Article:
Dateline Rice for Oct. 2, 2013


ABC-TV ‘Good Morning America Live’
Two of the three Rice bioengineering students who built a device that allows a Houston-area teen to manipulate a robotic arm fitted to his motorized chair were interviewed live via Skype for the program’s post-show online webcast this morning. Nimish Mittal and Matthew Nojoomi were quoted. (Click broadcast at minute 10:40.)

Mark Jones, the Joseph D. Jamail Chair in Latin American Studies, professor and chair of political science and fellow in political science at Rice University’s Baker Institute for Public Policy, comments on Texas Attorney General Greg Abbott’s approval of an American Airlines and US Airlines merger. (This Associated Press article also appeared on nine other broadcast outlets and in 14 news outlets.)

Denison University joins hands with Say Yes
Rice is one of the private institutions that joined the Say Yes to Education Inc. Compact, an agreement to provide low-income students with an affordable path through college.
Newark Advocate (Newark, Ohio)


Back to school blues, er … brews
Rice’s Susanne M. Glasscock School of Continuing Studies is offering a course on how to brew beer.
Houston Chronicle

At Methodist Hospital, there’s a special place for artists to heal
Rice alumnus Evan Collins ’13 comments on the Methodist Hospital’s new center for treating singers, musicians, dancers, actors and others who suffer from diseases or injuries related to their callings.
Houston Chronicle

Houston’s not so affordable anymore: New study ranks it only 26th among US cities
A report from Rice University’s Shell Center for Sustainability revealed that the average Houstonian spends 30 percent on housing costs and 16 percent on transportation costs, putting the city at No. 26 in the nation for affordability compared with the 50 largest cities in the U.S. Lester King, author of the report and a sustainability fellow for the Shell Center, is quoted. (Click audio.)

Tech fundraising ranked No. 5 in America
Rice is No. 13 of the top 25 university fundraising teams for 2013 ranked by Michael Chatman, founder of the Philanthropy Speakers Agency.
Lubbock Avalanche-Journal (Lubbock, Texas)


KUHF-FM (Houston)
Melissa Marschall, professor of political science, comments on the possible impact of the federal government shutdown on public schools. (Click audio.)

KPRC-TV (Houston)
George Abbey, the Baker Botts Senior Fellow in Space Policy at Rice University’s Baker Institute for Public Policy who was head of NASA’s Johnson Space Center during the last federal government shutdown in the mid-1990s, comments on the current shutdown. (Click broadcast.)

KROI-FM (Houston)
Richard Stoll, the Albert Thomas Chair in Political Science and scholar at Rice University’s Baker Institute for Public Policy, comments on the federal government shutdown and its possible impact on U.S. foreign policy. (Click audio.)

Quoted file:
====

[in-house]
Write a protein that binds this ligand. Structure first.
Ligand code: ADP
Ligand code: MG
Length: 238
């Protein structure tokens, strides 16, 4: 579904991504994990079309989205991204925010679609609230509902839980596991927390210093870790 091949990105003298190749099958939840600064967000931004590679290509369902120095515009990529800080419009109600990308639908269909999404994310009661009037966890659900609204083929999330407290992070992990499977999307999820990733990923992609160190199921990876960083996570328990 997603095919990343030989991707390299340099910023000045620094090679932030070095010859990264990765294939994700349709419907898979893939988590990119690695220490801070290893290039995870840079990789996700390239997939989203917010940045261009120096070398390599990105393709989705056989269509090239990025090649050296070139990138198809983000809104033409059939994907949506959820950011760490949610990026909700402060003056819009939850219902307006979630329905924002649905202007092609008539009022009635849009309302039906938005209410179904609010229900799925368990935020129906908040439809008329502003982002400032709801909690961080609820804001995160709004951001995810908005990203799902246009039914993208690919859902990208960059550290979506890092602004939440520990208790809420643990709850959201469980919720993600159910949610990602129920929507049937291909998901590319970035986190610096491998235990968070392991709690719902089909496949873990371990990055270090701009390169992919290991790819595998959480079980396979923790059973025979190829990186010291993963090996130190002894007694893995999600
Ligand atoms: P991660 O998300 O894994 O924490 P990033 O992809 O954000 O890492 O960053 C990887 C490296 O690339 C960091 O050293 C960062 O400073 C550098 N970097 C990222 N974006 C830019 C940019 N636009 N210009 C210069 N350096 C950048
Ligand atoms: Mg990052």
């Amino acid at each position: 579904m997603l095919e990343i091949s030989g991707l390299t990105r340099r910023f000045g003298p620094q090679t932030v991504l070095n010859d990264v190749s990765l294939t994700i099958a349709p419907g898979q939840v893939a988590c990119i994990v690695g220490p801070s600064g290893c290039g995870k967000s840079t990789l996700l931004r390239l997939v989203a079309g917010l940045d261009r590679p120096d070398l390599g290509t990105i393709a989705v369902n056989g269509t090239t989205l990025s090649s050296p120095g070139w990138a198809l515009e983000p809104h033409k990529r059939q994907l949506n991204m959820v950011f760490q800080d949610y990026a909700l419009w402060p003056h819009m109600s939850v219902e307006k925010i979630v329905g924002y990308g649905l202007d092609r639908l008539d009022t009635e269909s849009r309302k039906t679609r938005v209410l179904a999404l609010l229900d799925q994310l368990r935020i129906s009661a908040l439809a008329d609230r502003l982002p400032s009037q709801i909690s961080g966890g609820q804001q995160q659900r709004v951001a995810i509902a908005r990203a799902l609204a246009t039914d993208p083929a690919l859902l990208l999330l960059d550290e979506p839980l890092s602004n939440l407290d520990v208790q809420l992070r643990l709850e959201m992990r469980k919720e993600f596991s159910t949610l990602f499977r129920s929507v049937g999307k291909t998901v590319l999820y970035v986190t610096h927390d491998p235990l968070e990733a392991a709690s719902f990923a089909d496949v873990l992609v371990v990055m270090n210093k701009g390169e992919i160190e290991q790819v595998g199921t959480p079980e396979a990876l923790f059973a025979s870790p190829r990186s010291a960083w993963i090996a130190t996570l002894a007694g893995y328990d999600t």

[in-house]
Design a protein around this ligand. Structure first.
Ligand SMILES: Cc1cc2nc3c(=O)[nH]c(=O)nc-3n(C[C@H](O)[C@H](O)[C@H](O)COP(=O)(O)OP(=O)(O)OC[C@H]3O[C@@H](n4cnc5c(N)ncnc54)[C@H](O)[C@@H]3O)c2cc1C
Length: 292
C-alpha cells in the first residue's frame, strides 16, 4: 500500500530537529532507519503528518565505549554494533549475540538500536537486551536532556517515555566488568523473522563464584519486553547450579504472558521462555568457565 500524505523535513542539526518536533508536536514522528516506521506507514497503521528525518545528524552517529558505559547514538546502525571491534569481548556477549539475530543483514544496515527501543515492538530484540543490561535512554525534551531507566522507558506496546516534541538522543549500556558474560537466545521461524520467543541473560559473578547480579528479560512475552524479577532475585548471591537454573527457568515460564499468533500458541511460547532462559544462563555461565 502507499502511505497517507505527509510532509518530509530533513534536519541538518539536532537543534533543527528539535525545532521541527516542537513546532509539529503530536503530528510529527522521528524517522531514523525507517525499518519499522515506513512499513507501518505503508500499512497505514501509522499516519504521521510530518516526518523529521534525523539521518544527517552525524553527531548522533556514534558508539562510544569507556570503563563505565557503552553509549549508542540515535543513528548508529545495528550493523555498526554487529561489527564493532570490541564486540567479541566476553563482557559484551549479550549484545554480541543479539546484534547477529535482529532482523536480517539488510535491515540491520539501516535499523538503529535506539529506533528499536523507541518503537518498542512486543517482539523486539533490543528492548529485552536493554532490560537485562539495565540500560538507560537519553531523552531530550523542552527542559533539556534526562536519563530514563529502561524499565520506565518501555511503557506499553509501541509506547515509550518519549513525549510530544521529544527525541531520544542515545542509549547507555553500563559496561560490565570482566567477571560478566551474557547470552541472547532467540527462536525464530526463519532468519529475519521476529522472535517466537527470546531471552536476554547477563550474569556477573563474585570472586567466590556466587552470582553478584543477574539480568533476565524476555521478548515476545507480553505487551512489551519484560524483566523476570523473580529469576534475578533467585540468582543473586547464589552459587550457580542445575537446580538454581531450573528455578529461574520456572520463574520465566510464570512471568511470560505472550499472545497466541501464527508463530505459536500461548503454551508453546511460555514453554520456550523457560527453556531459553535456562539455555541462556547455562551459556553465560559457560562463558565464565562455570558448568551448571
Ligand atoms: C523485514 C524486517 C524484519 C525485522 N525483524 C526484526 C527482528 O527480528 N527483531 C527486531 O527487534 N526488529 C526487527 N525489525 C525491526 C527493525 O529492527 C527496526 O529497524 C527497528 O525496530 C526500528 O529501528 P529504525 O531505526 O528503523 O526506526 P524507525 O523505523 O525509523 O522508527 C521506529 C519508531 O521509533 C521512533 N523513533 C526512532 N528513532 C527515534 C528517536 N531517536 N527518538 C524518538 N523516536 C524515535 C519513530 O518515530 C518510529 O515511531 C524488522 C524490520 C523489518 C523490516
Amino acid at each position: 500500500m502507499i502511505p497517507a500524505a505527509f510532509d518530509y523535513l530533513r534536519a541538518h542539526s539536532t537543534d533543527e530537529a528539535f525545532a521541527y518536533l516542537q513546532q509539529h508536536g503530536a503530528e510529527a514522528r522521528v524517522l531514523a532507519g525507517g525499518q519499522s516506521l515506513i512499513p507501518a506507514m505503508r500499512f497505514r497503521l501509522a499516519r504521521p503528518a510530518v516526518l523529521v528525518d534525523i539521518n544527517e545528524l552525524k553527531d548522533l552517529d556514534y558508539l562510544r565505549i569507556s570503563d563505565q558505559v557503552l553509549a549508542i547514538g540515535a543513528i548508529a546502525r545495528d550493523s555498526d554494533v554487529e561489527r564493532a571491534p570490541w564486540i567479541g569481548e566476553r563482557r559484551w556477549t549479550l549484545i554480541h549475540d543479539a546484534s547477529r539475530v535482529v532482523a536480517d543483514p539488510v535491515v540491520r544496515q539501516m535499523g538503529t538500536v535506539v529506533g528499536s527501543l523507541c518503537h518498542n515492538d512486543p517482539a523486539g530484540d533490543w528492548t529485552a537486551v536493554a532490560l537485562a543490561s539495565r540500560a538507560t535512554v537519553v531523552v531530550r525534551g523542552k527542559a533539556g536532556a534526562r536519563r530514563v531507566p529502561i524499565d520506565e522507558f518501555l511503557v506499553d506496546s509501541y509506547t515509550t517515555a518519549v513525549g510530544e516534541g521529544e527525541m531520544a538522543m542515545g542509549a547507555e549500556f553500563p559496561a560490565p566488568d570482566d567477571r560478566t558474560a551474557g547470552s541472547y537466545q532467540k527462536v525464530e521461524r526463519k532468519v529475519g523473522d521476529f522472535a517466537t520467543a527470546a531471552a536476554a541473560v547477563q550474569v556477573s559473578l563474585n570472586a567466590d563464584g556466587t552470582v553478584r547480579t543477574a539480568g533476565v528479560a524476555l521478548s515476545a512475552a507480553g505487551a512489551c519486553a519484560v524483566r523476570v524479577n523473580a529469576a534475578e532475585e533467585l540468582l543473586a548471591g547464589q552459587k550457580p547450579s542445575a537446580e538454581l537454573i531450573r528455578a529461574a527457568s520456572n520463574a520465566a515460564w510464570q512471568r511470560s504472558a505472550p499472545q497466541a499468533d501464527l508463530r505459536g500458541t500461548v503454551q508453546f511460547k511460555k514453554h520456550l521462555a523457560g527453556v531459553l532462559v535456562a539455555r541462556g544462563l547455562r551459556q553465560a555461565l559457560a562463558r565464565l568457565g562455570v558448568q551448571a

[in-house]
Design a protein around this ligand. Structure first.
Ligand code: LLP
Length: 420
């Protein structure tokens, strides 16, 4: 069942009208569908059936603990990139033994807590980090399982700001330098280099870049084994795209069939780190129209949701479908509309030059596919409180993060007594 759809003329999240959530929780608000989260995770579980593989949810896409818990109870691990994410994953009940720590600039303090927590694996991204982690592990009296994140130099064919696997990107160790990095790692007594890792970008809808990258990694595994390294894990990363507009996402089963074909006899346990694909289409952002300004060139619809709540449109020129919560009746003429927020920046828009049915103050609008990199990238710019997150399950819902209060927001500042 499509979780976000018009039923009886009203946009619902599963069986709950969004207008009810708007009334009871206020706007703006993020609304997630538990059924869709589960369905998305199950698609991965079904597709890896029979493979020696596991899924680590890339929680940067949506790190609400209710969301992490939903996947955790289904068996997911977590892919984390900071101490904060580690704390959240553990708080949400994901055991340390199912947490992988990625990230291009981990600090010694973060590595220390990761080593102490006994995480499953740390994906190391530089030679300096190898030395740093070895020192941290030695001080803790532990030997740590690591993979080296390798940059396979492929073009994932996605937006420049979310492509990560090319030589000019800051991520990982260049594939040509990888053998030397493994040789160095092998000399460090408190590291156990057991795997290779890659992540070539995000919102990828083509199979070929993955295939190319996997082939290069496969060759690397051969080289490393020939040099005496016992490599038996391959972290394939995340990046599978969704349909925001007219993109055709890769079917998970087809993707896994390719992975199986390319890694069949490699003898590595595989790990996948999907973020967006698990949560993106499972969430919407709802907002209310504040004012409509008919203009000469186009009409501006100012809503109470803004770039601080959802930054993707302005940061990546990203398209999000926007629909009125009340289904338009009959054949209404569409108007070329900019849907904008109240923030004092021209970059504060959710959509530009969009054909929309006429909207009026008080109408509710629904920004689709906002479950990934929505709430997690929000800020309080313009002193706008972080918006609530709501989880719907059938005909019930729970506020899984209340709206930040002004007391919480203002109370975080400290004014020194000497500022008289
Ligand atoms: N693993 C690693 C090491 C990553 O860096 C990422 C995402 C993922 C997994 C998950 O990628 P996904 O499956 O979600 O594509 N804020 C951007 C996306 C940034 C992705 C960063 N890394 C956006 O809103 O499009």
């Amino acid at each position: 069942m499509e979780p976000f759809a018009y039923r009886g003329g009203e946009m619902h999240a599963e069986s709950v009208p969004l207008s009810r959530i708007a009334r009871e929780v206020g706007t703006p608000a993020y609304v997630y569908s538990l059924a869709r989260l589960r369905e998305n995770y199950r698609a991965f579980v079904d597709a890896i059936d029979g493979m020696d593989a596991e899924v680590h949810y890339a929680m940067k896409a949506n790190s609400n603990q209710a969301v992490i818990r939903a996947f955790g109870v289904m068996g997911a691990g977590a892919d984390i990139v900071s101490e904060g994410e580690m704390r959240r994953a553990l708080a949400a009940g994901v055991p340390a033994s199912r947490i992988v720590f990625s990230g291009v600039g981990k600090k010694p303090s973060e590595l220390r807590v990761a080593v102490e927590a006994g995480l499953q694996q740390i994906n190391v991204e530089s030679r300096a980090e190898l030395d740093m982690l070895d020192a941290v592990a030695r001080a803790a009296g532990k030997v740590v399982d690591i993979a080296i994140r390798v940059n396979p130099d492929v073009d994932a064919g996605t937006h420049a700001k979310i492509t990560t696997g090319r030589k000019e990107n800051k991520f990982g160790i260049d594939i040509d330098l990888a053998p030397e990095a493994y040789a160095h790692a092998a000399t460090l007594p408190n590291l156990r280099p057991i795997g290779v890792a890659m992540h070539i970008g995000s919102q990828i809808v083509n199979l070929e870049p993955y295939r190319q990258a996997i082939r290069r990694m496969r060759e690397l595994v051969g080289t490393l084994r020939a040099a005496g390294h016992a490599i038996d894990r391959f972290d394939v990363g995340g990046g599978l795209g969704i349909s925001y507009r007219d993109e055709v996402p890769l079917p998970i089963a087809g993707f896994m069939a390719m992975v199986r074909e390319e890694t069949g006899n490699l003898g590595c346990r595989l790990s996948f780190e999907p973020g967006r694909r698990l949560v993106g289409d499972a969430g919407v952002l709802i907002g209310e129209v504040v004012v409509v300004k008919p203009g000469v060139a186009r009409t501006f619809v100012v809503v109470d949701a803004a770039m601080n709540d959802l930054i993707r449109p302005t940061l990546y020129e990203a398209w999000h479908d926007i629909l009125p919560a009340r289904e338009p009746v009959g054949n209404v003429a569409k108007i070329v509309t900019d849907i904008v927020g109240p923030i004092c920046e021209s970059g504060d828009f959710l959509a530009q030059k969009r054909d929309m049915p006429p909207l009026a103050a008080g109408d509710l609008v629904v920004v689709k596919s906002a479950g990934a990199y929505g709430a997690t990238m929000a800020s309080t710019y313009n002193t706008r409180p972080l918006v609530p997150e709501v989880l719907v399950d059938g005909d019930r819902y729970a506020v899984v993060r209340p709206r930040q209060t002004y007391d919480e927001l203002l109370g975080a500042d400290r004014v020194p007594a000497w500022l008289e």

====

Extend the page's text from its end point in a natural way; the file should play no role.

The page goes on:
KPRC-TV (Houston)
Vivian Ho, the James A. Baker III Institute Chair in Health Economics at Rice University’s Baker Institute for Public Policy and professor of economics, comments on the Affordable Care Act’s marketplace insurance exchange and Medicaid coverage. Ho is also listed as an investigator of a study in the Texas Public Health Journal that found cancer is the biggest killer of Hispanics/Latinos in Texas. (Click broadcast.)
The biggest killer of Hispanic Texans is cancer

KTRH-AM (Houston)
Elena Marks, scholar in health policy at Rice University’s Baker Institute for Public Policy, comments on the large number of Texans who do not have medical coverage under the governorship of Rick Perry.

KROI-FM (Houston)
Stephen Klineberg, professor of sociology and co-director of Rice University’s Kinder Institute for Urban Research, comments on the Affordable Care Act and its impact on uninsured children in Houston. (Click audio.)

KATC-TV (Lafayette, La.)
An independent film by Chris Eska ’98 will screen April 14 in Lafayette, La.

WNYC-FM (New York)
David Cook, associate professor of religious studies, comments on the surge in Islamic-related violence in Africa. (Click audio. The NPR story also aired on four other NPR affiliates.)

KRIV-TV (Houston)
Actor Ike Barinholtz of Fox’s ‘The Mindy Project’ mentions he came to Rice as a teen to compete in a high school scholastic team competition. (Click broadcast.)


Successful MEST conference
Norwegian Consul General Jostein Mykletun spoke of the close relationship between Norway and Rice at the Medicine, Energy, Space and Technology Conference hosted by Rice Sept. 18. Jan Odegard, executive director of Rice’s Ken Kennedy Institute for Information Technology, is mentioned.

Jim Krane named Baker Institute’s Wallace S. Wilson Fellow for energy studies
Jim Krane, a scholar of Middle East politics and economics and an award-winning journalist, has been named the Wallace S. Wilson Fellow for Energy Studies at Rice University’s Baker Institute for Public Policy.